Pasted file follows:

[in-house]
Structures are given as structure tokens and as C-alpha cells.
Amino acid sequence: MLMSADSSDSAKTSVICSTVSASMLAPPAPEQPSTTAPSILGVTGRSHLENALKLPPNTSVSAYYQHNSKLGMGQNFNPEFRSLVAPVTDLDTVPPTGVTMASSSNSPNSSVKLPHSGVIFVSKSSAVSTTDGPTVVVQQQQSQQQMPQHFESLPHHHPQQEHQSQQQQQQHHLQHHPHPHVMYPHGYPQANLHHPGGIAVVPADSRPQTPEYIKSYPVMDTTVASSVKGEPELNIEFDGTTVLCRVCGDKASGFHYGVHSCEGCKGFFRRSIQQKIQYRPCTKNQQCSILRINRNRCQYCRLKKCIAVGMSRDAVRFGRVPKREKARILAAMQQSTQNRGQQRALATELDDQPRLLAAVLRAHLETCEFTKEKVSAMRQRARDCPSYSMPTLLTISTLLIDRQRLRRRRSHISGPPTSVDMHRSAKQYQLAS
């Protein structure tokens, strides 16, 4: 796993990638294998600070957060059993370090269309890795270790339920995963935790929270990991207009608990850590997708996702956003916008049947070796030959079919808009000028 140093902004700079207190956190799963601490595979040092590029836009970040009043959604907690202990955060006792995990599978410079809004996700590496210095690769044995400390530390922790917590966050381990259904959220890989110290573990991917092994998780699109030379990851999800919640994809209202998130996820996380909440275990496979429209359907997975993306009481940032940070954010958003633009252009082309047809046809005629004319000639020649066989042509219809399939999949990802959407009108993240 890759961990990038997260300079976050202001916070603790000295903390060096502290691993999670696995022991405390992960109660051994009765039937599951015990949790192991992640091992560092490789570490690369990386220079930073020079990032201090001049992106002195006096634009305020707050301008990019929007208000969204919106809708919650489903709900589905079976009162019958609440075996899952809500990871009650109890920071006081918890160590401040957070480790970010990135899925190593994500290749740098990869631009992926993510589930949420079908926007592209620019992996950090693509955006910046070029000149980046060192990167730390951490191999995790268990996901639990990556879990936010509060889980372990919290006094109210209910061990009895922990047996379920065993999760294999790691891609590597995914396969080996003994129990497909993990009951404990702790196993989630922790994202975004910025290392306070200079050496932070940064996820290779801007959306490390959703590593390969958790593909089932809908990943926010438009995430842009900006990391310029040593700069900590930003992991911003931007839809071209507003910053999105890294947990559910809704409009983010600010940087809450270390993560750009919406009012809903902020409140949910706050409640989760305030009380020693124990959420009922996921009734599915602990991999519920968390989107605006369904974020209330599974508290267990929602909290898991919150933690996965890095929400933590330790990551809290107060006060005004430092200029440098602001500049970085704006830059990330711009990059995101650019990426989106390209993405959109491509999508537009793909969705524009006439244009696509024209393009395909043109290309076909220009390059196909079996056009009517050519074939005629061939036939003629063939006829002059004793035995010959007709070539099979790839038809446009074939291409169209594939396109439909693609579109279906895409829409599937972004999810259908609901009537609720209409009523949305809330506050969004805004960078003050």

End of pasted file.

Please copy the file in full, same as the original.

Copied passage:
[in-house]
Structures are given as structure tokens and as C-alpha cells.
Amino acid sequence: MLMSADSSDSAKTSVICSTVSASMLAPPAPEQPSTTAPSILGVTGRSHLENALKLPPNTSVSAYYQHNSKLGMGQNFNPEFRSLVAPVTDLDTVPPTGVTMASSSNSPNSSVKLPHSGVIFVSKSSAVSTTDGPTVVVQQQQSQQQMPQHFESLPHHHPQQEHQSQQQQQQHHLQHHPHPHVMYPHGYPQANLHHPGGIAVVPADSRPQTPEYIKSYPVMDTTVASSVKGEPELNIEFDGTTVLCRVCGDKASGFHYGVHSCEGCKGFFRRSIQQKIQYRPCTKNQQCSILRINRNRCQYCRLKKCIAVGMSRDAVRFGRVPKREKARILAAMQQSTQNRGQQRALATELDDQPRLLAAVLRAHLETCEFTKEKVSAMRQRARDCPSYSMPTLLTISTLLIDRQRLRRRRSHISGPPTSVDMHRSAKQYQLAS
């Protein structure tokens, strides 16, 4: 796993990638294998600070957060059993370090269309890795270790339920995963935790929270990991207009608990850590997708996702956003916008049947070796030959079919808009000028 140093902004700079207190956190799963601490595979040092590029836009970040009043959604907690202990955060006792995990599978410079809004996700590496210095690769044995400390530390922790917590966050381990259904959220890989110290573990991917092994998780699109030379990851999800919640994809209202998130996820996380909440275990496979429209359907997975993306009481940032940070954010958003633009252009082309047809046809005629004319000639020649066989042509219809399939999949990802959407009108993240 890759961990990038997260300079976050202001916070603790000295903390060096502290691993999670696995022991405390992960109660051994009765039937599951015990949790192991992640091992560092490789570490690369990386220079930073020079990032201090001049992106002195006096634009305020707050301008990019929007208000969204919106809708919650489903709900589905079976009162019958609440075996899952809500990871009650109890920071006081918890160590401040957070480790970010990135899925190593994500290749740098990869631009992926993510589930949420079908926007592209620019992996950090693509955006910046070029000149980046060192990167730390951490191999995790268990996901639990990556879990936010509060889980372990919290006094109210209910061990009895922990047996379920065993999760294999790691891609590597995914396969080996003994129990497909993990009951404990702790196993989630922790994202975004910025290392306070200079050496932070940064996820290779801007959306490390959703590593390969958790593909089932809908990943926010438009995430842009900006990391310029040593700069900590930003992991911003931007839809071209507003910053999105890294947990559910809704409009983010600010940087809450270390993560750009919406009012809903902020409140949910706050409640989760305030009380020693124990959420009922996921009734599915602990991999519920968390989107605006369904974020209330599974508290267990929602909290898991919150933690996965890095929400933590330790990551809290107060006060005004430092200029440098602001500049970085704006830059990330711009990059995101650019990426989106390209993405959109491509999508537009793909969705524009006439244009696509024209393009395909043109290309076909220009390059196909079996056009009517050519074939005629061939036939003629063939006829002059004793035995010959007709070539099979790839038809446009074939291409169209594939396109439909693609579109279906895409829409599937972004999810259908609901009537609720209409009523949305809330506050969004805004960078003050």